Parish welcomes ‘grand’ guests for Grandparents Day liturgy

GARY – Families of all shapes and sizes were the focus of a special ‘Grand’ Family Day celebration on Sept. 10 at Ss. Monica and Luke.
Taking advantage of National Grandparents Day, which is also when the World Day for Grandparents and the Elderly instituted by Pope Francis is observed in the United States, parishioners invited children, grandchildren and other relatives and friends to join them for a special liturgy and luncheon.
“In this parish, many children have moved to other cities, so this is an opportunity for families to get together,” said Father Michael Surufka, OFM, pastor. “We’re an older congregation, and while children may have been raised in the parish, they no longer live here. Parishioners were encouraged to invite their families to a homecoming as a way to stay connected in the church.”
“I used to come to church with my parents, Ronald and Vivian Morton, and St. Monica was my grandparents’ parish, so I’m a third-generation parishioner,” said Roxanne Morton, a choir member who now attends with her 12-year-old son, Royal Morton, a seventh grader at Bailly Middle School in Gary. “It’s important to remember the history we have.”
Kay Roos, a Ss. Monica and Luke parishioner, was happy to see members of her extended family at the Grandparents Day liturgy in addition to her daughter, parishioner Verlie Suggs, the parish’s longtime soup kitchen director. “She’s been downstairs cooking for the luncheon,” Roos said proudly.
Roos was holding hands with her grandson, Noble Sullivan, a tech company writer who came from Grand Rapids, Mich., to share the day with his grandmother. “Our grandparents instill family values and take care of us our entire lives,” he said, “so it’s important to celebrate them not just today, but every day. I’ve been coming to this church my whole life.”
“I celebrate them every day,” said Roos of her four children, 12 grandchildren and 14 great-grandchildren. “I’m blessed to have my family around me, and I don’t wait for a particular day to celebrate them.”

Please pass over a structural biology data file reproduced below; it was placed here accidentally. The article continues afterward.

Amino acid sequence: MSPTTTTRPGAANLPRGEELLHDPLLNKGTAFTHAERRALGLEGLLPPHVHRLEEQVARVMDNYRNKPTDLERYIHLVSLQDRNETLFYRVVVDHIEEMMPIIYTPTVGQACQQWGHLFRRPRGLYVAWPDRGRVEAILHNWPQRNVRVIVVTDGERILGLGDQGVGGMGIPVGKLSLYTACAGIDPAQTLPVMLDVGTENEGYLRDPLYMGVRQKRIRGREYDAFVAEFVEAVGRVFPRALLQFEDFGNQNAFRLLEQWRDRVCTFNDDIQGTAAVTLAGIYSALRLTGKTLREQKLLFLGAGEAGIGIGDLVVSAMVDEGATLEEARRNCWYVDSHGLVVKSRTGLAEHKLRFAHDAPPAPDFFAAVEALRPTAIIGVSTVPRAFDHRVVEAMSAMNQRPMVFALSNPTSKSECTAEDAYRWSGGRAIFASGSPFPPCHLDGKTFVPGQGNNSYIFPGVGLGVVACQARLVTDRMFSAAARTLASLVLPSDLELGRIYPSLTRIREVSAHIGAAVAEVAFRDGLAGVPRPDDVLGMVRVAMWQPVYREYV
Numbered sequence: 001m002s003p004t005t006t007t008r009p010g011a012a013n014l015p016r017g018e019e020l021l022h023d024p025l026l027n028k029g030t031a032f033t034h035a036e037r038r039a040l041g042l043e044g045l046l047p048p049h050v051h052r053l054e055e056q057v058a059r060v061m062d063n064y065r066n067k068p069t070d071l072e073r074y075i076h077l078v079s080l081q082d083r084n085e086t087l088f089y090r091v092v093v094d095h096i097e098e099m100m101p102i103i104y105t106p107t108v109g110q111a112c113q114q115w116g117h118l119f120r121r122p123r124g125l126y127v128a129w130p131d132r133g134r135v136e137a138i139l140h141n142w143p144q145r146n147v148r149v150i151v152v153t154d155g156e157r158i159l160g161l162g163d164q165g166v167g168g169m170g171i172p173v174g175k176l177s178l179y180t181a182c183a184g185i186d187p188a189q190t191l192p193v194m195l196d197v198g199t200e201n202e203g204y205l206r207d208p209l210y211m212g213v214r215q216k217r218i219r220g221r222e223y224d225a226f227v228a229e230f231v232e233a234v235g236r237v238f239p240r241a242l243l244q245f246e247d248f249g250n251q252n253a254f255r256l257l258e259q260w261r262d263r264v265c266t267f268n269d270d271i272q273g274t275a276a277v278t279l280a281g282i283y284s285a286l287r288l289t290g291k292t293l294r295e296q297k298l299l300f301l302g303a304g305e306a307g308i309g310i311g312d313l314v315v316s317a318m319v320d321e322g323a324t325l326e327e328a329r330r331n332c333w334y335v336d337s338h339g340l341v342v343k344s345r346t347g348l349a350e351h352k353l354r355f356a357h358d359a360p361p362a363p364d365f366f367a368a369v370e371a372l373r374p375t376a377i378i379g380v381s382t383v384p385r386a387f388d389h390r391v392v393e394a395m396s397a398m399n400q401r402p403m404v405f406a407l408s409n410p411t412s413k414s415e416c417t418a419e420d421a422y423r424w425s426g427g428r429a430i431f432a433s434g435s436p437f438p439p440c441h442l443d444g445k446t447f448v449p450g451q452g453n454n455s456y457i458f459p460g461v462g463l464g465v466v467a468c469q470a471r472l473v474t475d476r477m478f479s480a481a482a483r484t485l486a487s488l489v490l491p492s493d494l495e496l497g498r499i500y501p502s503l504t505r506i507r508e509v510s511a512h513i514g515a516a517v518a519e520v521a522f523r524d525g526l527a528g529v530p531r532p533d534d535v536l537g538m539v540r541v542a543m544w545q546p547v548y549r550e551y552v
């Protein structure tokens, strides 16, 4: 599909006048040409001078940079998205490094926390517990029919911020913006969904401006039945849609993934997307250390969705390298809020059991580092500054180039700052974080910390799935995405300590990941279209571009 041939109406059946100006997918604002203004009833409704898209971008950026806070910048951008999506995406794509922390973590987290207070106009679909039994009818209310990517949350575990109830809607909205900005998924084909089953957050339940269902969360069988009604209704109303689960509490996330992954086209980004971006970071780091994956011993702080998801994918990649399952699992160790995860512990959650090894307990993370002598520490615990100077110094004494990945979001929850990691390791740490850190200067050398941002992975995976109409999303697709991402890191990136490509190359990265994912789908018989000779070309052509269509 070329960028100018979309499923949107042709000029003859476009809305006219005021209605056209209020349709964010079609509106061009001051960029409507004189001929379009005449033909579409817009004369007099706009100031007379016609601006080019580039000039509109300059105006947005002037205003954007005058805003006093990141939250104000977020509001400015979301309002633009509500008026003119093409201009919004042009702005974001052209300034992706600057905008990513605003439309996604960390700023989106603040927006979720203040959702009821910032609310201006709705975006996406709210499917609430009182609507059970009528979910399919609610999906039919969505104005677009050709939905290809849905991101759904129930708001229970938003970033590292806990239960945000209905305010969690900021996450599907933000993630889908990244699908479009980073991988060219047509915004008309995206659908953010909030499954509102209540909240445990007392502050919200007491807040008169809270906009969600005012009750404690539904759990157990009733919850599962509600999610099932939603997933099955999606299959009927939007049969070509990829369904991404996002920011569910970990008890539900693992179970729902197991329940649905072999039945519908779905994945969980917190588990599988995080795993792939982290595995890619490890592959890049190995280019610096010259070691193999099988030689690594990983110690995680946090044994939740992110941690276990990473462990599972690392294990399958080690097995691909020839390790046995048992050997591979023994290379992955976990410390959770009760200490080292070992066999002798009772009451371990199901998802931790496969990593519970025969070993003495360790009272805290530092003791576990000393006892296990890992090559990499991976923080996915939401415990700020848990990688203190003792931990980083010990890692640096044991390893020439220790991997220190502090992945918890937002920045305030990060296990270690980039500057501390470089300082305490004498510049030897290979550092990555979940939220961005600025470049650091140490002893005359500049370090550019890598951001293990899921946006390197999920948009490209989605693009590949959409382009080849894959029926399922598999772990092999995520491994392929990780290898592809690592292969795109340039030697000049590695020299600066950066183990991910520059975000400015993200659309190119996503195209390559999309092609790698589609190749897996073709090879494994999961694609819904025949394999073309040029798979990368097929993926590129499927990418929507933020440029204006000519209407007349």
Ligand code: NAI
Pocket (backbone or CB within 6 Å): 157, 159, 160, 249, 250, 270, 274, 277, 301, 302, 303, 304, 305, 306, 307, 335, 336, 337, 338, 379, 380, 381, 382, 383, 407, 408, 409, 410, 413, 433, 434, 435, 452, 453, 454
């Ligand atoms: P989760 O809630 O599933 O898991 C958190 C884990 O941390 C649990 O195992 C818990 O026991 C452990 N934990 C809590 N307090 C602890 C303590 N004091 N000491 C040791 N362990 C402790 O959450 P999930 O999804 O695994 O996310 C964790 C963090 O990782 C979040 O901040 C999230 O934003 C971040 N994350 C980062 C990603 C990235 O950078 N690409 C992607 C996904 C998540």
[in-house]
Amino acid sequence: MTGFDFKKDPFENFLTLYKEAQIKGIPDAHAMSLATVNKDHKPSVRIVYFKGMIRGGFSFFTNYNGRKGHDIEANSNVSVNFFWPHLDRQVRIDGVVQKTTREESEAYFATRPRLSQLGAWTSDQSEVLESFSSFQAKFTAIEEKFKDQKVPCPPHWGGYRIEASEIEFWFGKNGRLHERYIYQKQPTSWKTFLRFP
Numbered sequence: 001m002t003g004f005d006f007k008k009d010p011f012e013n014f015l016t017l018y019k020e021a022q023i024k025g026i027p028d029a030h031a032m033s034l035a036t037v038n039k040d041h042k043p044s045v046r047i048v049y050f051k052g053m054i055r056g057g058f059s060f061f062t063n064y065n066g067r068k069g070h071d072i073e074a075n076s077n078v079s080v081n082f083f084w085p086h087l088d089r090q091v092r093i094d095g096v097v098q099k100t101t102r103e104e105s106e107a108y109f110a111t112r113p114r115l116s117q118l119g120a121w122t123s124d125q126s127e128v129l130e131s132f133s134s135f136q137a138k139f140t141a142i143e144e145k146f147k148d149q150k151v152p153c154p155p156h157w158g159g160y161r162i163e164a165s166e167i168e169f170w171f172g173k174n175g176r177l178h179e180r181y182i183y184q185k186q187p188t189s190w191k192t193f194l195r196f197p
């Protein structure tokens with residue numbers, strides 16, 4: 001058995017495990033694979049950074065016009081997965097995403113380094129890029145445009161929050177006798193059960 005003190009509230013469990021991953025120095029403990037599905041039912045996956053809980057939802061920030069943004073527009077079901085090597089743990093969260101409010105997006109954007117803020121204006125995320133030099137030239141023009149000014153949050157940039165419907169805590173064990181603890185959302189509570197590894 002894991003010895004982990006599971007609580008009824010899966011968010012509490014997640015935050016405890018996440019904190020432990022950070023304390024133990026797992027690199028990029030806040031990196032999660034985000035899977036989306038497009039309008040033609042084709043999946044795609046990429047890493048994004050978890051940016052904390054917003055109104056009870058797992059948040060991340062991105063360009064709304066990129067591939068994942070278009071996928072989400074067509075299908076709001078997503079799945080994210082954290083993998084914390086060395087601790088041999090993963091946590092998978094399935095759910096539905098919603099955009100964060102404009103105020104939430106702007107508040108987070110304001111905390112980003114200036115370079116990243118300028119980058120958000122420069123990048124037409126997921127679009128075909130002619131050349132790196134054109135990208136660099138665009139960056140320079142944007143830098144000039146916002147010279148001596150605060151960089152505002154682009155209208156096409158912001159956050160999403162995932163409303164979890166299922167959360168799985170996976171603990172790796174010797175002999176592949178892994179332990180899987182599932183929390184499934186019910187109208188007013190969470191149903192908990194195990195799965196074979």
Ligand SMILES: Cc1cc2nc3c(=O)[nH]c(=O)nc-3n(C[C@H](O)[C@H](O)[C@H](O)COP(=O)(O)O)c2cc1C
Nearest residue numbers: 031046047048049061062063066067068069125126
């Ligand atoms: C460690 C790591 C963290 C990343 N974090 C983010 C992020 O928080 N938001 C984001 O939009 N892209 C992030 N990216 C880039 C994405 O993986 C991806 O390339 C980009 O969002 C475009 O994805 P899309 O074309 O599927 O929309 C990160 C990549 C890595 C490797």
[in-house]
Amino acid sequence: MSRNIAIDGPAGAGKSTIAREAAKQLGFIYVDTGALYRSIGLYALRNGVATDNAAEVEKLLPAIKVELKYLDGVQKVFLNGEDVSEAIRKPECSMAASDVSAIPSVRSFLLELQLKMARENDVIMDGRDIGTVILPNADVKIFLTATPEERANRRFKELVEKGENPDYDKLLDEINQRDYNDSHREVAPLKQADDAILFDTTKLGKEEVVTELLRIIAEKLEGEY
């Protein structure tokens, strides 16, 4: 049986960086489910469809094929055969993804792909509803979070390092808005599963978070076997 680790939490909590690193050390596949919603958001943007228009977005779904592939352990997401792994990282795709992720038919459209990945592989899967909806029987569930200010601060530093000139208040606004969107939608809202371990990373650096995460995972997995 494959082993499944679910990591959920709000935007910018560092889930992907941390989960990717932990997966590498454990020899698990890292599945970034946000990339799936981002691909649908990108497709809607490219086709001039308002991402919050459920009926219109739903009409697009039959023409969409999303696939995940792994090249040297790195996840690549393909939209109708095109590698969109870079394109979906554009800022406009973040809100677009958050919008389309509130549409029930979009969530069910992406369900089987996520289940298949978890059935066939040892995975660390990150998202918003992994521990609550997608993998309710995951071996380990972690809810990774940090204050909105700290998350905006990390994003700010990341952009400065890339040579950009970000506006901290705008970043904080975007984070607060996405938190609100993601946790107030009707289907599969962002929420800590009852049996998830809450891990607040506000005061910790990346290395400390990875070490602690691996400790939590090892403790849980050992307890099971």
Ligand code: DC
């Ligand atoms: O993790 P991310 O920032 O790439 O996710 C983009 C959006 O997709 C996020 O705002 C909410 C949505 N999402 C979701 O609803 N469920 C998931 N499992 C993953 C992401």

Likewise, Kia Sutherland attends Mass at Ss. Monica and Luke each time she comes from her Chicago home to visit her parents, Richard and Grandis Broughton, of Gary, as she did on Grandparents Day with her son, Grant Sutherland. She was honored, she added, to serve as lector for the ‘Grand’ Family liturgy.
In welcoming the congregation, Father Surufka noted that “Children, grandchildren and grandparents are here as we gather as one family of God. Our lives are meant to be of service to one another. For this one hour, we are with one another with God.”
In his homily, Father Surufka returned to the theme of family. “All of us are one family, locked in by the goodness of Jesus Christ. He calls us to be family.
“When Jesus said, ‘Who is my mother, and who are my brothers?’ And stretching out his hand toward his disciples, he said, “Here are my mother and my brothers! For whoever does the will of my Father in heaven is my brother and sister and mother.” (Matt.12:48-50), he was saying that all of you are his mother and brother and sister,” added the pastor.
“Family is central to our grasp of the Christian faith,” added Father Surufka. “In today’s reading from Ezekiel, Jesus puts a prophet in charge of the ‘house’ of Israel, because each house will get an example (to follow) from the head of the household.
“And in today’s Gospel, Jesus tells you that if your brother wrongs you, you should go to your brother ‘to try to win him over,’ and if unsuccessful, take two others, and if still unsuccessful, ‘Go to the church,’ which means the community. Whenever you are hurt, it affects not just you, but everyone in your circle.
“Our relationships with one another are the exact places where we need Jesus and he needs us,” Father Surufka explained. “If you go through all of this and it still doesn’t work (to convince your brother to correct his sin), then treat him with mercy – like Jesus says of the Gentiles and tax collectors, to whom he showed mercy. The call to forgiveness keeps families moving on.
Father Surufka pointed out that “we are the ones who put obstacles in the way of us and God, and Jesus is waiting for us to tell him (about our sin) and ask for mercy,” much like a parent who knows their child has damaged the garage door by running the car into it, but waits for the child to confess and ask for forgiveness.
During the Mass, Father Surufka also continued a new tradition that was established last month on St. Monica’s feast day, Aug. 27, by inviting all mothers to place a written intention in a basket next to a small shrine to St. Monica while lighting a candle for a child they are specifically praying for.
This action, he noted, follows the example of the patient saint who prayed for years for her child to turn away from his dissolute life, finally to have her prayers answered by her son, St. Augustine.


Caption: Gathering at Ss. Monica and Luke in Gary for 'Grand' Family Sunday to celebrate Grandparents Day on Sept. 10 are (from left) parishioner Kay Roos of Gary, grandson Noble Sullivan of Grand Rapids, Mich., grand niece Phyllis Hinton and niece Barbara Hinton, whose husband, Phillip Hinton, Roos' nephew, sings in the choir. A number of guests joined their family members for the Mass and luncheon. (Marlene A. Zloza photo)